The Four Steps to Recover a Red Project
There are four steps in recovering a red project:
0. Problem realization;
1. Project audit;
2. Data analysis;
3. Solution Negotiation;
4. Plan execution.
That looks like five, but like any recovery, twelve-step or four-step, there must be realization of a problem. Step zero is acknowledging the failure. Without this step, the problems and subsequent resolutions will not have full recognition and the recovery will fail due to the lack of management support. With realization, the recovery process has meaning.
The audit acquires the data to drive the recovery. This step has few if any actions taken. The most severe are to eliminate overtime. Being nonjudgmental is paramount to gathering unbiased data.
The second step is to analyze this information and formulate a recovery plan. The goal of the plan is to fix the issues through root cause analysis. By correcting the root causes, the errant project becomes a normal project and management is easier. It takes more time up front and requires making tough decisions early, but results in less long-term management and increases the odds of success. Left to the end, executives cut root cause analysis, along with the general class of retrospectives, due to lack of interest and minimizing losses.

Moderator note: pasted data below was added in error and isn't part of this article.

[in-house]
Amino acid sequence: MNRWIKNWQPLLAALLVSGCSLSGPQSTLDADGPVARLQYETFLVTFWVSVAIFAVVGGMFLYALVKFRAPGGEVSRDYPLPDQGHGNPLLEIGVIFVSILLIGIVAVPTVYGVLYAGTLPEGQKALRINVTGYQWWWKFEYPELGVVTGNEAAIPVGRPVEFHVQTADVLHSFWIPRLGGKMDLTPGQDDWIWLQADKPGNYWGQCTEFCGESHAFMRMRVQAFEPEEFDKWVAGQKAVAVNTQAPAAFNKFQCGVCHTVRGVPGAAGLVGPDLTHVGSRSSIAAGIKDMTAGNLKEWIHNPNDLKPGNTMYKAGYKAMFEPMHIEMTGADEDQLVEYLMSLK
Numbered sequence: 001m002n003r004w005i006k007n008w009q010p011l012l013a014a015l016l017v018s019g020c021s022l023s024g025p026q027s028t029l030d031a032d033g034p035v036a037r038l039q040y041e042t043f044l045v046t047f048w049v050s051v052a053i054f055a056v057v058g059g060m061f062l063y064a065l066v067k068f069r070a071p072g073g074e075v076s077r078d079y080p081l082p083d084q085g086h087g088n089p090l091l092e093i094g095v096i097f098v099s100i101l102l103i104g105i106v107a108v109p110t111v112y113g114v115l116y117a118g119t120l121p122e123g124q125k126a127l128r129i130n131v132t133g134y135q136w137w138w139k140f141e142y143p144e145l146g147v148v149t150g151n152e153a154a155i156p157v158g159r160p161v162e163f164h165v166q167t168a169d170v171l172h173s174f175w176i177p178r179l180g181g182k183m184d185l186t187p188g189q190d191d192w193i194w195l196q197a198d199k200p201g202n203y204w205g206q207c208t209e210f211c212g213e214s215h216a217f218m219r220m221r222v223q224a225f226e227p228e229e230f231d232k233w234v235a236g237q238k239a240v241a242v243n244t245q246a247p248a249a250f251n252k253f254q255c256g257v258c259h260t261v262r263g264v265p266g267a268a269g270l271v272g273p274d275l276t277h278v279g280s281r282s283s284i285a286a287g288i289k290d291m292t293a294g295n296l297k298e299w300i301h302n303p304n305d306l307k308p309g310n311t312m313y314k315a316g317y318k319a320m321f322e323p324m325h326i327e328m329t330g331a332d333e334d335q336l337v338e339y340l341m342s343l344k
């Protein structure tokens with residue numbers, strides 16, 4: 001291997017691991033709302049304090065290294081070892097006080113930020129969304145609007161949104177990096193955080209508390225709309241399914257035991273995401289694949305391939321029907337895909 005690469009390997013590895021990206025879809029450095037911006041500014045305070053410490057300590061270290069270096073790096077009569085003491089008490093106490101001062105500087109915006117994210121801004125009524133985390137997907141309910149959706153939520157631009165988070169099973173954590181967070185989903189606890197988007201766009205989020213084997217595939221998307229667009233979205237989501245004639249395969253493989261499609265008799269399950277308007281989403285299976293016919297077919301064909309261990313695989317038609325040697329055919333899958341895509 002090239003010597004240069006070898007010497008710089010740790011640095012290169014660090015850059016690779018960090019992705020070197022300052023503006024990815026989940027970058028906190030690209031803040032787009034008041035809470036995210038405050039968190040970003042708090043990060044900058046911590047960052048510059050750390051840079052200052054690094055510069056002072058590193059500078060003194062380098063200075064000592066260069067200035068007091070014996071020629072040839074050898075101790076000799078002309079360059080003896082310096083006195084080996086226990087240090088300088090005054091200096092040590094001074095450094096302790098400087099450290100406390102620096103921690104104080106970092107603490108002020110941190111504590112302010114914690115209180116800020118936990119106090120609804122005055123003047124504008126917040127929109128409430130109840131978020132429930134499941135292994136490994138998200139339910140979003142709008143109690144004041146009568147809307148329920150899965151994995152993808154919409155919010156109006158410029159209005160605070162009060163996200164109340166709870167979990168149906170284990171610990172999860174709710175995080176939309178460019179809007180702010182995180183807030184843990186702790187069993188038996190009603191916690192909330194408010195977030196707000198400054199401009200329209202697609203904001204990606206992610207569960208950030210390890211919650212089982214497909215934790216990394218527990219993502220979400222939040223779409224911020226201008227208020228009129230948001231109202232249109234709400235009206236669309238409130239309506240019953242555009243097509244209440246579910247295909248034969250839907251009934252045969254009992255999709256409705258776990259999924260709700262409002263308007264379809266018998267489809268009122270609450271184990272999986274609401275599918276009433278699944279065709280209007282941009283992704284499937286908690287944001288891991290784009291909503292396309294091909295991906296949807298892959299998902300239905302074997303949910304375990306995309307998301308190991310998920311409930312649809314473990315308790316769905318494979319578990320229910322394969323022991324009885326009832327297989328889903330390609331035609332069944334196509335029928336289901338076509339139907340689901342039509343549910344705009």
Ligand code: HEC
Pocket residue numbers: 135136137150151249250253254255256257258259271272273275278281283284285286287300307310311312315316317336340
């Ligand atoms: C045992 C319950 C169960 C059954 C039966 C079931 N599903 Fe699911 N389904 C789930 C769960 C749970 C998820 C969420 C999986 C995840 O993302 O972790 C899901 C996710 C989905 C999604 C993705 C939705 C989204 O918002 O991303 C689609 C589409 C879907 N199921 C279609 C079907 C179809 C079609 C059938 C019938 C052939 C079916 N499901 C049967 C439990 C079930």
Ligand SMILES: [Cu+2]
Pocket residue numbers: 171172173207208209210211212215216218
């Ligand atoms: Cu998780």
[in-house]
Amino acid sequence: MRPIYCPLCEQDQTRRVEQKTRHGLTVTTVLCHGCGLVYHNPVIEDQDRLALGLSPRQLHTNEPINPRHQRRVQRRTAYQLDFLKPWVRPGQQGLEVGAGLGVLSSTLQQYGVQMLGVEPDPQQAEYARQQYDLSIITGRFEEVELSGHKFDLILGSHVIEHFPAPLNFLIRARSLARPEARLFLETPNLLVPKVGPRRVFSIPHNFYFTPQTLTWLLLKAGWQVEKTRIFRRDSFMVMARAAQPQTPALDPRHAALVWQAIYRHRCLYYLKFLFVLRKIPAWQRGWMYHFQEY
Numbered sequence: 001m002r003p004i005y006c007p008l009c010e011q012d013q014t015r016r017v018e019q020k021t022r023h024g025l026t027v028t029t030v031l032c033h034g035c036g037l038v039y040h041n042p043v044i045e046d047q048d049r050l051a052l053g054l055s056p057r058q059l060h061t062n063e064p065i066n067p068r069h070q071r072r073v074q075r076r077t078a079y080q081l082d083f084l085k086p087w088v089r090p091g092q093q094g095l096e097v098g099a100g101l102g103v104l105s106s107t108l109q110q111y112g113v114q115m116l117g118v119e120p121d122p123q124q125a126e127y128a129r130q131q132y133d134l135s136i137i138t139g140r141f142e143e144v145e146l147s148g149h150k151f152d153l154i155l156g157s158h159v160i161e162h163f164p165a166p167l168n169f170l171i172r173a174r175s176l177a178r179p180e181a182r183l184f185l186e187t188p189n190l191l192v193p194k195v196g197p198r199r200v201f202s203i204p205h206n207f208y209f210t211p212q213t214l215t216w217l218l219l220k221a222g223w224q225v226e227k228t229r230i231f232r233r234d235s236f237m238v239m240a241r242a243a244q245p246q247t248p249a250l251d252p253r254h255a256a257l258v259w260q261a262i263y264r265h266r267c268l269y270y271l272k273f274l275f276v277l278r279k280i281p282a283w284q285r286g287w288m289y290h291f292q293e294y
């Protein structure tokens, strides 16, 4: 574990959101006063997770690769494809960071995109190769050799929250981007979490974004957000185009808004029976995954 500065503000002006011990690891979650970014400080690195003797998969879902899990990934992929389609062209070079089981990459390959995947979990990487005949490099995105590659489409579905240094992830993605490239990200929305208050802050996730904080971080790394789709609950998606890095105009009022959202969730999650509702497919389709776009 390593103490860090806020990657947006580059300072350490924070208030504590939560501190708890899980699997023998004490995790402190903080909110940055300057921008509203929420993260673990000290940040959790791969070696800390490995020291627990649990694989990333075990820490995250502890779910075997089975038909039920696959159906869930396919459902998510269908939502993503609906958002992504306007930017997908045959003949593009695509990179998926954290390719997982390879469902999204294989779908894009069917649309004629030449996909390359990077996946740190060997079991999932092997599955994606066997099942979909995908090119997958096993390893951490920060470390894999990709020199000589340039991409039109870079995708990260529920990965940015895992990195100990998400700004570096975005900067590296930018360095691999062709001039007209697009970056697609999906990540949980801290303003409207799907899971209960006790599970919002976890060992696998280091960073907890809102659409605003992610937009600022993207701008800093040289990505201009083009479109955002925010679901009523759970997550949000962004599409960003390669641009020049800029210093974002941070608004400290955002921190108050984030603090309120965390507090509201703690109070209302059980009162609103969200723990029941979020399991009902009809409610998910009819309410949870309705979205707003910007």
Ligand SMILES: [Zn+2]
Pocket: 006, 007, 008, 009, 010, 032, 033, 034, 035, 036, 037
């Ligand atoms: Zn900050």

The recovery plan is necessarily different from the original project. Something on the project must to change, time has been lost and money spent, one or both are over budget; otherwise, the project would not be red. Stakeholders will need to approve changes that affect the deliverable. Therefore, the third step is the negotiation and approval of the solution and the new project.
After the negotiation is complete, the project manager implements all corrective actions and executes the plan. Addressing the root causes will make the project should run like any successful project. However, a vigilant eye should be on the lookout for:
- Old problems resurfacing, especially behavioral issues;
- Overlooked root causes;
- Unfixable problems, such as when a troubled technology is the only option or management is unresponsive;
- Red project stigma tainting the team;
- Mangers overreacting to issues that projects without a red history would handle in stride.